Published September 26, 2010
Pinal County, Ariz., Sheriff Paul Babeu said Sunday he'd be willing to meet with the owner of a billboard who displayed an image of an Hispanic family with a quote by Babeu that the sheriff says portrays him as racially motivated.
"I'm the sheriff for everybody. I'm happy to meet with you or anybody else," Babeu told billboard owner Frank Pierson. "The best way to do that is call me. Don't put up an offensive billboard like this that slanders me and slanders" law enforcement.
Pierson posted the billboard of the family of four next to a quote of Babeu saying, "This is our most serious public safety issue and a national security threat to America."
Pierson said he displayed the image because he wants citizens to "step up" and tell Congress to enforce immigration laws.
"The truth is that we have been betrayed by our Congress that have let this kind of thing go on and forced people like me and Sheriff Babeu, who basically agree on almost everything, to look like we are kind of adversaries," Pierson told Fox News.
Pierson, who described the photo as a "beautiful, holy image of a wonderful and radiant family," added that he also posted the billboard because he wanted to show that millions of illegal immigrants are not in the U.S. to do harm.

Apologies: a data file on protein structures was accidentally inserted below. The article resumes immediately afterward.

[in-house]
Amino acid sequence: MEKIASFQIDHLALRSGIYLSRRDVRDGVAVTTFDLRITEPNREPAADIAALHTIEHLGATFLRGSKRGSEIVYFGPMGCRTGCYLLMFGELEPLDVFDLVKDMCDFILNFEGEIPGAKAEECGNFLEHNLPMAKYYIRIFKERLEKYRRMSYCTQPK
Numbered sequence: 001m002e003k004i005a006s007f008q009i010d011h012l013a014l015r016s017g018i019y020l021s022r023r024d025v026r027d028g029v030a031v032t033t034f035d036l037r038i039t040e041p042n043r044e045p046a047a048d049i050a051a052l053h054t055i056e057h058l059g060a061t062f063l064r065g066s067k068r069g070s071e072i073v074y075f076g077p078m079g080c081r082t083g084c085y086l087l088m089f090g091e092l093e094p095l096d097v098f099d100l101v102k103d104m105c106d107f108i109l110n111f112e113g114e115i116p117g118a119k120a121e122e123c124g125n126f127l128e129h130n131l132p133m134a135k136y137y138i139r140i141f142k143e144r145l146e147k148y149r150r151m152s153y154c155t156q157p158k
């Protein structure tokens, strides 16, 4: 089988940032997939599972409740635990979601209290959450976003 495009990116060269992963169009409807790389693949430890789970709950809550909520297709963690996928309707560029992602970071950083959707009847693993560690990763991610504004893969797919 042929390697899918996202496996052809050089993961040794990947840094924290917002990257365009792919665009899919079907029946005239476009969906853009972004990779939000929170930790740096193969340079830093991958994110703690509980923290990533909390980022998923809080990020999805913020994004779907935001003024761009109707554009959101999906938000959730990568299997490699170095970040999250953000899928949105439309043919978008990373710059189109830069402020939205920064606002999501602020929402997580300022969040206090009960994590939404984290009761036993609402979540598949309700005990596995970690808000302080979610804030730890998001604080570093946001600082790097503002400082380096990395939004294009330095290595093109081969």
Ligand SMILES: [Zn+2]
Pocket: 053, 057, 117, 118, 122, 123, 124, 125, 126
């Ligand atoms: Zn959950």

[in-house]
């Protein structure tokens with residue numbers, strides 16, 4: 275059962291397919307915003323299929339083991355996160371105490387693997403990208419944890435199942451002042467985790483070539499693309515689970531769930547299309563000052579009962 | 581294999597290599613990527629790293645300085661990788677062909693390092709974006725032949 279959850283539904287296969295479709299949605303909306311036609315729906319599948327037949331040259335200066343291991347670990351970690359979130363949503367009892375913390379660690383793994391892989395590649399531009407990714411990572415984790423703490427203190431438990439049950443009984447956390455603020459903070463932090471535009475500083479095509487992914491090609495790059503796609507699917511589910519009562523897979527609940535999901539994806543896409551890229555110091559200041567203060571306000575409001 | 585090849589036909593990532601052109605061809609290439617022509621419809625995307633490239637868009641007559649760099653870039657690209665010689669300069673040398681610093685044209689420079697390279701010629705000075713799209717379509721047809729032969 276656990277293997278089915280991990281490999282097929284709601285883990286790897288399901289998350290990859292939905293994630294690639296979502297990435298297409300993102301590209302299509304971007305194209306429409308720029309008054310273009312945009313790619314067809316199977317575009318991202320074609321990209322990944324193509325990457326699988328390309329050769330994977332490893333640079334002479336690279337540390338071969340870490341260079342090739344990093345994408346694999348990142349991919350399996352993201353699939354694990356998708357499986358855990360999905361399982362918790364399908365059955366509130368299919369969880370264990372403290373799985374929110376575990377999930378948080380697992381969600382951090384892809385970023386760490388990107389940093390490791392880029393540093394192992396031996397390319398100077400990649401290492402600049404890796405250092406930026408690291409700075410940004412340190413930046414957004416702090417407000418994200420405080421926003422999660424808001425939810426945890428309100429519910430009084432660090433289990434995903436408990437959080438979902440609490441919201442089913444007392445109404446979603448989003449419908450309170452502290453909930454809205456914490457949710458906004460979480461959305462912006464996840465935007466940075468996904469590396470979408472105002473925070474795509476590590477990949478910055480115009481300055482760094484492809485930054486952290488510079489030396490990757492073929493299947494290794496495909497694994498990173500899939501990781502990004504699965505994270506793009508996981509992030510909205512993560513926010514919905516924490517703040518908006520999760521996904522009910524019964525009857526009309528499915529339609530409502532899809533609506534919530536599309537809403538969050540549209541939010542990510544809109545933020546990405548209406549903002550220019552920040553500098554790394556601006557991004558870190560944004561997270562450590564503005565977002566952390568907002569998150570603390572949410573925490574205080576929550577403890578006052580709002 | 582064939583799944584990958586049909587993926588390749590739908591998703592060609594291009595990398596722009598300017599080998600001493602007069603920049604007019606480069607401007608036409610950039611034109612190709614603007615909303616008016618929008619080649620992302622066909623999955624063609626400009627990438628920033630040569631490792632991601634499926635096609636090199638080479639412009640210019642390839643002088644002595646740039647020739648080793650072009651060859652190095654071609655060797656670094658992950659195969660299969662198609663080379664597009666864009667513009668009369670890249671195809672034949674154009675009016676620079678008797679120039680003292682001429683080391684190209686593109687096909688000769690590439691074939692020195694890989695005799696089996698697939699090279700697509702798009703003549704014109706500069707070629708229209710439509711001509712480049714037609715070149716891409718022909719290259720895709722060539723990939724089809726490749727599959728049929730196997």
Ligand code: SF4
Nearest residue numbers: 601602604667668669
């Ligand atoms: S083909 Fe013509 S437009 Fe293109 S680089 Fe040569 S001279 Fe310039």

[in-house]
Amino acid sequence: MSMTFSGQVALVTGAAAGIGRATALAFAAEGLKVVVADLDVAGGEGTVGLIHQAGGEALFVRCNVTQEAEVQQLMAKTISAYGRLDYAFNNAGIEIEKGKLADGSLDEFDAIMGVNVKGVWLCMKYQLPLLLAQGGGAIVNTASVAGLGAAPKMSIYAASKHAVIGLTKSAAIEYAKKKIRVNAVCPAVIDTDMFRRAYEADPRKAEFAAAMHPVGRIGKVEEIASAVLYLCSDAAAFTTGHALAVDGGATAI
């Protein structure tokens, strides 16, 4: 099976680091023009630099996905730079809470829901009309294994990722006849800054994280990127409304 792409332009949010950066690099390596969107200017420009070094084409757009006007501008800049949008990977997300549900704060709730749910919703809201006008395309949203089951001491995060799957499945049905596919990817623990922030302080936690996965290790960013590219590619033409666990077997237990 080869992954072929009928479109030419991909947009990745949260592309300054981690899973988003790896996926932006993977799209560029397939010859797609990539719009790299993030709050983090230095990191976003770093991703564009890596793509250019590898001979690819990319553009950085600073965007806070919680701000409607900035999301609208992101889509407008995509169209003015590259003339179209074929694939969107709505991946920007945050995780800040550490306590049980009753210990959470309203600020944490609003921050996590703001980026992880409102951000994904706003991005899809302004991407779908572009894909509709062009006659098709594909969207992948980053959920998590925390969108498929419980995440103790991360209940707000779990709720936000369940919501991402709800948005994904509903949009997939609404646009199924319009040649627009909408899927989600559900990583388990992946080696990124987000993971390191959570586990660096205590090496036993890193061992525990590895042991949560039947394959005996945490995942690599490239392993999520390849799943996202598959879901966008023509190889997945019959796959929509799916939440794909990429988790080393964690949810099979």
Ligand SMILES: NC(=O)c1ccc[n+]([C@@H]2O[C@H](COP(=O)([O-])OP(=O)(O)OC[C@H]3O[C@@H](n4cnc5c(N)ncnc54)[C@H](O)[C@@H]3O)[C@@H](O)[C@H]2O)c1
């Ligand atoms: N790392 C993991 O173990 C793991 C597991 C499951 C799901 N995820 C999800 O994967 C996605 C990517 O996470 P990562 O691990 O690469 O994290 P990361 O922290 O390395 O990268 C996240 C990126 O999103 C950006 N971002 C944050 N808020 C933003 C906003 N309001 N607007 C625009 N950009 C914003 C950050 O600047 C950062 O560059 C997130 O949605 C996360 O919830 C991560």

"Most immigrant families are in the country to make a better life and to maybe raise a family, certainly contribute to the community," Pierson said, adding that he hopes the dialogue would change so as to "balance the clear need to get the bad guys and get them out of our society but also to pay attention to the human dignity of individuals and families who have come here seeking a better life as many of our forebearers did."
But Babeu said the effort to depict him as racist not only is inaccurate, the photo is of an El Salvadoran family that is in the country legally.
"I find it to be highly inappropriate and blatantly false to put my quote there with a picture of a very innocent, obviously Hispanic family," Babeu said. "I would respectfully ask Mr. Pierson to respect these innocent people who this is their image whether you got their approval or not -- we know you did not -- to take the statement down."
The issue of national security has been a recurring theme in the debate over Arizona's porous border. Arizona Gov. Jan Brewer has been criticized for overstating the statistics on drugs and violence pouring in from Mexico.
But Babeu said that border patrol officers have apprehended hundreds of people from countries that are listed as state sponsors of terrorism. He added that by casting a racial pall over the border security issue is to do a disservice to national security and law enforcement.
"I'm trying to stand up for the rules of law and it is a constant battle with the opposition trying to portray me and any law enforcement that tries to secure the border -- even the president made this a racial issue and it is not. This isn't about race. We profile criminal behavior and criminal conduct," Babeu said.